Emergency crews responded to a car wreck just behind the community gym Thursday morning – thankfully, this one was just a drill. Local middle and high school students watched as fellow students played the part of accident victims while educators and police tried to drive home a message about the horrible consequences of distracted or drunk driving. A warning about this story, the sounds of accident re-enactment may be disturbing to listeners.
Students in grades eight through 12 watched as a police car, ambulance and fire engine pulled up to the scene of a head on collision staged in the parking lot near the community pool. The vehicles were junkers moved into place by the borough’s public works and sanitation department. Three seniors Tucker Hagerman, Adanna Kvernvik and Kylie Wallace played the part of one dead and two injured in the crash.
The demonstration involved about 15 volunteers from fire, emergency medical and search and rescue, along with the Petersburg police department. Volunteers used the jaws of life to remove the top off the car. Kyle Clayton played the role of the drunk driver, and was taken away by police at the scene while the fire department’s Dave Berg narrated.
Family of the three students were held back by police officers and watched as the ambulance crew tried to revive one victim.
After, students filed into the the auditorium and watched several videos, one from the Taylor White Foundation. White was killed in a drunk driving accident June 5th 2009, days after he graduated from Juneau Douglas High School.
Petersburg police office Corey Rowley told the students that he lost four high school friends to a driving accident. “60 miles an hour through a residential area past the highway where speeds were 55 miles an hour, didn’t even stop, blew the stop sign, went to go hit the railroad tracks and hit a train head on,” Rowley said. “All four were killed. Those were my friends. So when I talk to you about zeros, I was that person that walked by the truck that didn’t say anything.”
Rowley told the students that nation-wide statistically a school the size of PHS would have a driving fatality. He challenged the students to beat those statistics. “Hey I get it. I’ve seen the pallets in the back of the truck going out the road. I know you guys know where that border is where we don’t patrol. I’ve talked to you before when you have the pallets in the truck, I know, I see some of you out there that I’ve talked to when you’re heading out the road, OK. Be smart. When you get out there and you’re participating in things you don’t wanna participate in town because you’re afraid the cops are gonna show up be that hero. Be that here that puts your foot down and says hey, no way, I’m not gonna drink and drive.”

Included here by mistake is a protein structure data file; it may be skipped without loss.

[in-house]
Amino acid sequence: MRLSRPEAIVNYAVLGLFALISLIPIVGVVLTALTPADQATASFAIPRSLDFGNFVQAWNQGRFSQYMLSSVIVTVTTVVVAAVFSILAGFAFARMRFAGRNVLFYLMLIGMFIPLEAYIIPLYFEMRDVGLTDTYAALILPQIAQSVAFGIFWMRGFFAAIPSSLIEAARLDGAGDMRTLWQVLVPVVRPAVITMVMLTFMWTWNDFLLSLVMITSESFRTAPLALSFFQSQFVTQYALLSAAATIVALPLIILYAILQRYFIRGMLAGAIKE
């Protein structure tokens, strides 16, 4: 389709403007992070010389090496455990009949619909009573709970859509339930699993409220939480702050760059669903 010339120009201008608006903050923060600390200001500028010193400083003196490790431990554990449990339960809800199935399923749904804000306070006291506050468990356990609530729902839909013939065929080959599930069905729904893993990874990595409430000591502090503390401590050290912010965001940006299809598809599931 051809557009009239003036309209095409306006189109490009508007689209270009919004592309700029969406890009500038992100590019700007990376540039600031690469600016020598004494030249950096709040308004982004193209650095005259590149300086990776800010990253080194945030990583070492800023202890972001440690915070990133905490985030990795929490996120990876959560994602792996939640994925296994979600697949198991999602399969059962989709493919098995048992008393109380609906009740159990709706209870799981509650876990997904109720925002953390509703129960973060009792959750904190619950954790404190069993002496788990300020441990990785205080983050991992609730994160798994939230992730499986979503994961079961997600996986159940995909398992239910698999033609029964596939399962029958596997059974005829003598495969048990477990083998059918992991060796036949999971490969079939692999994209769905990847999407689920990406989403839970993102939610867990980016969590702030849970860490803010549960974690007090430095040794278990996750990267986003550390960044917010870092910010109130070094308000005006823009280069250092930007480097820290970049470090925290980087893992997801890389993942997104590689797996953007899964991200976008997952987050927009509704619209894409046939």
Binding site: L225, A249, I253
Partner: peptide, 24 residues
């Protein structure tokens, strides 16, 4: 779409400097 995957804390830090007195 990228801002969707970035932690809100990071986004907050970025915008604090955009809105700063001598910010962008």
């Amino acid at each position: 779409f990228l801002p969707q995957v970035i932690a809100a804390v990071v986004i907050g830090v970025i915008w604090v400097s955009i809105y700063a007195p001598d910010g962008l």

Principal Rick Dormer agreed that Petersburg has been lucky. “When I was 8 years in Portland, we lost kids every year. And it wasn’t always drunk driving. Sometimes it was just bad decisions. We were 20 minutes away from Interstate 5 and highway 26. Traffic fatalities we almost a yearly thing, that and a combination of gang violence. So, we lost kids every year. It is amazing our retired teachers are saying how lucky we are just that we don’t lose kids. Mostly because we have great kids, who usually make good decisions and we have a lot of people around us all the time they care about us, not just that random person, random adult that see what we’re doing and try to help us out.”
Dormer and counselor Rachel Etcher encouraged students to talk with someone about the mock crash. Sophomore Joey Giesbrecht described the morning like this. “Traumatizing in a good way because it definitely did I hope it at least did show some other students around here that it is important and you know you shouldn’t drink and drive. It’s just something you just shouldn’t do. There’s no exception. Oh I’m a good driver, oh I can drift, it doesn’t matter, you don’t wanna try to beat the odds.”
PHS staged a similar mock crash in 2011.